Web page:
OKAY THEN MR HANDSOME: WHAT DOES MPLS MEAN?
Wow, thank u for calling me handsome. Wow that’s really nice. Thank u very much.
The answer to this question is long, and it’s exactly why I wrote this post giving you a genuine introduction to MPLS. I bet you’d love that post. Open it up in a new tab, and read it after this one. Pretty good advice if you ask me.
For now though, let’s avoid packet captures, and just give the high level overview.
MPLS is a way of massively expanding and improving the ways that a service provider can transport traffic across their network.
You will know already that routers forward packets based on the destination IP address. By default, 100% of all traffic to a particular destination will take the same “best” path through the network.
In a “small” enterprise network, this is all you need. However, Internet service providers are a very different beast.
First, their routers need to be aware of the full internet routing table. At the time of writing this (27th March 2022), the public internet has 916,536 prefixes in it! That’s a lot of prefixes (which by the way, is another word for IP ranges) for every single router in the network to have to learn, to store in their routing tables, to install into the hardware forwarding tables, and to process as things in the internet change (which happens constantly!).
Second, there’s a great chance that a service provider won’t want all traffic to take the metrically best path within their network. In a moment I’ll give you a list of reasons why this is. In any case, how can you forward traffic down a path other than the metrically best one?
Well, what you could do is get two routers at either side of your network to signal some kind of tunnel that takes a very precise path through your network – either a precise path of your own choosing, or a path calculated by your router, based on any constraint you can think of.
What does “sending traffic through a tunnel” involve? There are a few potential answers to that, but one involves adding a kind of tag onto the packet, a tag that tells the next-hop router exactly what tunnel the packet belongs to, and therefore what interface to forward the packet out of. The good thing about such tags is that the receiving router doesn’t even need to look at the destination IP address, because the tag is all that is needed to forward the packet.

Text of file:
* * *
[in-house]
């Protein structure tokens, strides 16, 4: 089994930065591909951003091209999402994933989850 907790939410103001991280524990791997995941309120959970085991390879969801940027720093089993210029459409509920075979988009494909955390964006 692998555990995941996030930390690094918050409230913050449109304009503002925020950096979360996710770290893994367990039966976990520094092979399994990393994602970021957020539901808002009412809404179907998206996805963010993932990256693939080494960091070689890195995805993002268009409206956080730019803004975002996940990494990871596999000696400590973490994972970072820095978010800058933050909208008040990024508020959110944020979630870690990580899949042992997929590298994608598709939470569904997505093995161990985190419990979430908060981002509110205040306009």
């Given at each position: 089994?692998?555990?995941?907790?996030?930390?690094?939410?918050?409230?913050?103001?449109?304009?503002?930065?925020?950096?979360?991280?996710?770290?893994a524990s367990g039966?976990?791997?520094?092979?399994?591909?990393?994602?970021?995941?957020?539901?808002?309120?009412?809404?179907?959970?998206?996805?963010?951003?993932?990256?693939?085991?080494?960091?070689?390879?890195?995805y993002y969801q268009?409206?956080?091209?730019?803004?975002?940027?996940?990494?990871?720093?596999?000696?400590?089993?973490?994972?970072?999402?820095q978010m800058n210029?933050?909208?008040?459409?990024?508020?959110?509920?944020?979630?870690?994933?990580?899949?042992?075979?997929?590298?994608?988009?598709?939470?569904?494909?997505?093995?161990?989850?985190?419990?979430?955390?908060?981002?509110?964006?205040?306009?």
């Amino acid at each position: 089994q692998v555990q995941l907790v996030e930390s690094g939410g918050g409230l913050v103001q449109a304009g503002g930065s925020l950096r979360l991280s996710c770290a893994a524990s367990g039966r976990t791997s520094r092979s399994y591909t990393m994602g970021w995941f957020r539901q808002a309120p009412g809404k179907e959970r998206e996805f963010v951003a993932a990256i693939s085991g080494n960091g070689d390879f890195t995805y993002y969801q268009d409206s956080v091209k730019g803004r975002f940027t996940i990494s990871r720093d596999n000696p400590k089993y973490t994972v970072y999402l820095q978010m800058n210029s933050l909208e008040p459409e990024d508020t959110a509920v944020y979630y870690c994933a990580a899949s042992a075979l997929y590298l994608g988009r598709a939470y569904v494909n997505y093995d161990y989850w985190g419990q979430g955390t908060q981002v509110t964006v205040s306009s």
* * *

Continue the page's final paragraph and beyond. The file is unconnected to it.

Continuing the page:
For example, in the diagram below you can see ten routers, with two tunnels between R1 and R5. The blue tunnel takes the shortest path, and can be dedicated to your most important traffic. The red tunnel takes a longer path, and can be used by best-effort traffic that you don’t want getting in the way of your most important traffic.
True, you could do something similar with policy-based routing, but that very quickly becomes problematic in a network that uses the entire Internet routing table, not to mention the rules that need to be programed into the hardware forwarding tables of every single box. You’d run out of forwarding space very quickly indeed.
That’s where MPLS comes in.
It stands for Multi-Protocol Label Switching. “Label Switching” refers to the fact that a label is added onto the packet, so that transit routers can forward based on the label. “Multi-Protocol” refers to the fact that you can tunnel anything. IPv4, IPv6, Ethernet, and more. Even drugs and fresh fruit, depending on what your particular crime cartel specializes in.
WHY WOULD YOU WANT THESE TUNNELS?
Mate, there are so many reasons! Here is just a small list of the potential use-cases for these MPLS “tunnels”. You could:
– Run routers in the core (like routers 2, 3, 4, 7, 8, and 9 in that picture) that don’t need to host the full internet routing table, and instead just look at the label to forward the packet. This is known as a “BGP-free core”, and it’s a HUGE use-case of MPLS for ISPs.
– Create high priority tunnels that take the best paths, create lower priority tunnels that take a longer way to the destination, and then map certain traffic to those tunnels so that high and low priority traffic can be kept separate. This might sound like policy-based routing, but in practice it’s all done with BGP communities and routing policies, so it’s much more light-weight. The forwarding table still only inspects the destination IP, but the next-hop is just something other than the “best” path.
– Create tunnels that can dynamically change their path when they detect congestion problems in the network.
– Create tunnels that have the ability to automatically move low priority tunnels onto a different path, so the important tunnels get access to the best resources.
– Tag links that a tunnel should avoid, or that should only be used, and then create tunnels that use those tags when calculating their path.
– Tunnel IPv6 traffic over an IPv4 core.
– Run multicast tunnels in your core, for example if you provide IPTV to your customers. Instead of running a multicast protocol in your core, you can simply create point-to-multipoint tunnels through your core, and keep the multicast signaling at the edge of your network.
– Tunnel layer 3 or layer 2 customer VPN traffic across a core network. (Remember this one in particular, because this bad boy right here is where all of the confusion lies.)